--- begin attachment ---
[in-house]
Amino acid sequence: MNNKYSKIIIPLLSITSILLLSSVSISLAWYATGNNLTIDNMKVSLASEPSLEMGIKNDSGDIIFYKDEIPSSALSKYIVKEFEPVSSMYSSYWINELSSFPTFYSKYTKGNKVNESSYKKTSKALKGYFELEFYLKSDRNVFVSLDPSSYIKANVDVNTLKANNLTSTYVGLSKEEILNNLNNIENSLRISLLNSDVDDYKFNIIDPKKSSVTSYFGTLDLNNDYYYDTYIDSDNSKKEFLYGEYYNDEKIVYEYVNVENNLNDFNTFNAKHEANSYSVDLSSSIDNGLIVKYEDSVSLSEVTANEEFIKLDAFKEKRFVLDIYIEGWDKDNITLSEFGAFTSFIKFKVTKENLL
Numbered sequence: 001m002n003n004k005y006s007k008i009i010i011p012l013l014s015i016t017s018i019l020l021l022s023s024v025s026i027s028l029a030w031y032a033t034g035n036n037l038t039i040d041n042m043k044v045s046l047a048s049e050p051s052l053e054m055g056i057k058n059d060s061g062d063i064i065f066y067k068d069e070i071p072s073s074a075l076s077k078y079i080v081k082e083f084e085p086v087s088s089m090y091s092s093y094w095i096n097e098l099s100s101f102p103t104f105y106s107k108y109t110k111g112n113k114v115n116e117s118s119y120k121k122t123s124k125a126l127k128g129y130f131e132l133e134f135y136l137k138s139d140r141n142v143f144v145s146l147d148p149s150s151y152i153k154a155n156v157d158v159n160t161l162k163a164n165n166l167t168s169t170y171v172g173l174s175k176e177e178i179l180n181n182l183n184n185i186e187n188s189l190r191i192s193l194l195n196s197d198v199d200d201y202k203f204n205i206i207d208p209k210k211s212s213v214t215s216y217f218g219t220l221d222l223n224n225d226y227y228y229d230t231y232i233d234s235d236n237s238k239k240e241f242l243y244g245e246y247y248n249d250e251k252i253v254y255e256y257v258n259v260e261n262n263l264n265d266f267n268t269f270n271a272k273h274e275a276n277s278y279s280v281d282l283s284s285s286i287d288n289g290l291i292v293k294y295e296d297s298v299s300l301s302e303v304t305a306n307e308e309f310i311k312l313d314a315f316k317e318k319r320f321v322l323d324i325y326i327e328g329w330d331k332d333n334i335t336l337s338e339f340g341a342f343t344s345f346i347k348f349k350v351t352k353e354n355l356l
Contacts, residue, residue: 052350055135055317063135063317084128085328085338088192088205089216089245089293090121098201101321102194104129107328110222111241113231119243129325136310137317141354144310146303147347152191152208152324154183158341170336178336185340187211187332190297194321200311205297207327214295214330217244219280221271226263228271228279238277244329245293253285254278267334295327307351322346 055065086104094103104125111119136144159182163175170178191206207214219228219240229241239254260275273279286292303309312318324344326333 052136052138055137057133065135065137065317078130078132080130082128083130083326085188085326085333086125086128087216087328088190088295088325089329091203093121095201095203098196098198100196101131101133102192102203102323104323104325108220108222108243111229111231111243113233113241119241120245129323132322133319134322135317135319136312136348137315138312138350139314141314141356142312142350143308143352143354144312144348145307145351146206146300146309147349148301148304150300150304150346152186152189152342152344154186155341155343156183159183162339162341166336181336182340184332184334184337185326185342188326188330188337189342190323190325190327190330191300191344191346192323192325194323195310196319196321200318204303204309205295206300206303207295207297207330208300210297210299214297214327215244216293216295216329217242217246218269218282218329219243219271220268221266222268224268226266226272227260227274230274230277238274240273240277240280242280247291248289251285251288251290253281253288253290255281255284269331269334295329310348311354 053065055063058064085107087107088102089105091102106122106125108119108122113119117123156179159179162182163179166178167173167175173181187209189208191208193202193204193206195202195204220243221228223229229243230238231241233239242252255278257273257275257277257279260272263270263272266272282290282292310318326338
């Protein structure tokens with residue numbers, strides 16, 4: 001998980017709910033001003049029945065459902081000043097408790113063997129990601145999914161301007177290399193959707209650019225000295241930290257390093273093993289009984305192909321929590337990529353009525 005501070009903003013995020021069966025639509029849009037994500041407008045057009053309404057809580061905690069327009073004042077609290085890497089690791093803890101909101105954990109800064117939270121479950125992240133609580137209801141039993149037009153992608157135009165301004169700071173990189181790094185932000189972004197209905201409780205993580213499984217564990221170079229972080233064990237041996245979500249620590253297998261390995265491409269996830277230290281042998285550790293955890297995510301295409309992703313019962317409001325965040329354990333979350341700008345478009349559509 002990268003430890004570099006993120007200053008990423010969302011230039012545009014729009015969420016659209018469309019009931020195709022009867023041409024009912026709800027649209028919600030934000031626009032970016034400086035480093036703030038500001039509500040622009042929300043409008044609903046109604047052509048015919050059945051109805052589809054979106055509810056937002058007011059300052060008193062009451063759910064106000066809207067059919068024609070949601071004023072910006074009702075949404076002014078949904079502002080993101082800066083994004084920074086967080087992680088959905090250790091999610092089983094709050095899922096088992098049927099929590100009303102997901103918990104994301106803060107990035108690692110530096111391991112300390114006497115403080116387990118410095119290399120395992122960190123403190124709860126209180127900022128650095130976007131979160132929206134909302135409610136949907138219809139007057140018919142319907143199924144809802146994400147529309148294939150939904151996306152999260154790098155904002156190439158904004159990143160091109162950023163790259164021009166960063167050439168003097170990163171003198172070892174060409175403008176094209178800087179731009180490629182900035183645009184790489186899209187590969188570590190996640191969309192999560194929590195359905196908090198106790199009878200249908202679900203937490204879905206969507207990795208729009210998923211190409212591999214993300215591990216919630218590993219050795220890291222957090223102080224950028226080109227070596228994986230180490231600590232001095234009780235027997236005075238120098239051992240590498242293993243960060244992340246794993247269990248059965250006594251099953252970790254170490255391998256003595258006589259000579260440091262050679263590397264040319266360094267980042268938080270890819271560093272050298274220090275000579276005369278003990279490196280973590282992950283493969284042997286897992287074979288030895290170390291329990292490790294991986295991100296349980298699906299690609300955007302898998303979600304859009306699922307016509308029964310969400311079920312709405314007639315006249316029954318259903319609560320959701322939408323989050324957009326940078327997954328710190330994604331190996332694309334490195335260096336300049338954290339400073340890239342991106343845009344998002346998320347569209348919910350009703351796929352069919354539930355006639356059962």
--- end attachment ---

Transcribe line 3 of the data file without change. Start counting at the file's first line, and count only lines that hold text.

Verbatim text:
Numbered sequence: 001m002n003n004k005y006s007k008i009i010i011p012l013l014s015i016t017s018i019l020l021l022s023s024v025s026i027s028l029a030w031y032a033t034g035n036n037l038t039i040d041n042m043k044v045s046l047a048s049e050p051s052l053e054m055g056i057k058n059d060s061g062d063i064i065f066y067k068d069e070i071p072s073s074a075l076s077k078y079i080v081k082e083f084e085p086v087s088s089m090y091s092s093y094w095i096n097e098l099s100s101f102p103t104f105y106s107k108y109t110k111g112n113k114v115n116e117s118s119y120k121k122t123s124k125a126l127k128g129y130f131e132l133e134f135y136l137k138s139d140r141n142v143f144v145s146l147d148p149s150s151y152i153k154a155n156v157d158v159n160t161l162k163a164n165n166l167t168s169t170y171v172g173l174s175k176e177e178i179l180n181n182l183n184n185i186e187n188s189l190r191i192s193l194l195n196s197d198v199d200d201y202k203f204n205i206i207d208p209k210k211s212s213v214t215s216y217f218g219t220l221d222l223n224n225d226y227y228y229d230t231y232i233d234s235d236n237s238k239k240e241f242l243y244g245e246y247y248n249d250e251k252i253v254y255e256y257v258n259v260e261n262n263l264n265d266f267n268t269f270n271a272k273h274e275a276n277s278y279s280v281d282l283s284s285s286i287d288n289g290l291i292v293k294y295e296d297s298v299s300l301s302e303v304t305a306n307e308e309f310i311k312l313d314a315f316k317e318k319r320f321v322l323d324i325y326i327e328g329w330d331k332d333n334i335t336l337s338e339f340g341a342f343t344s345f346i347k348f349k350v351t352k353e354n355l356l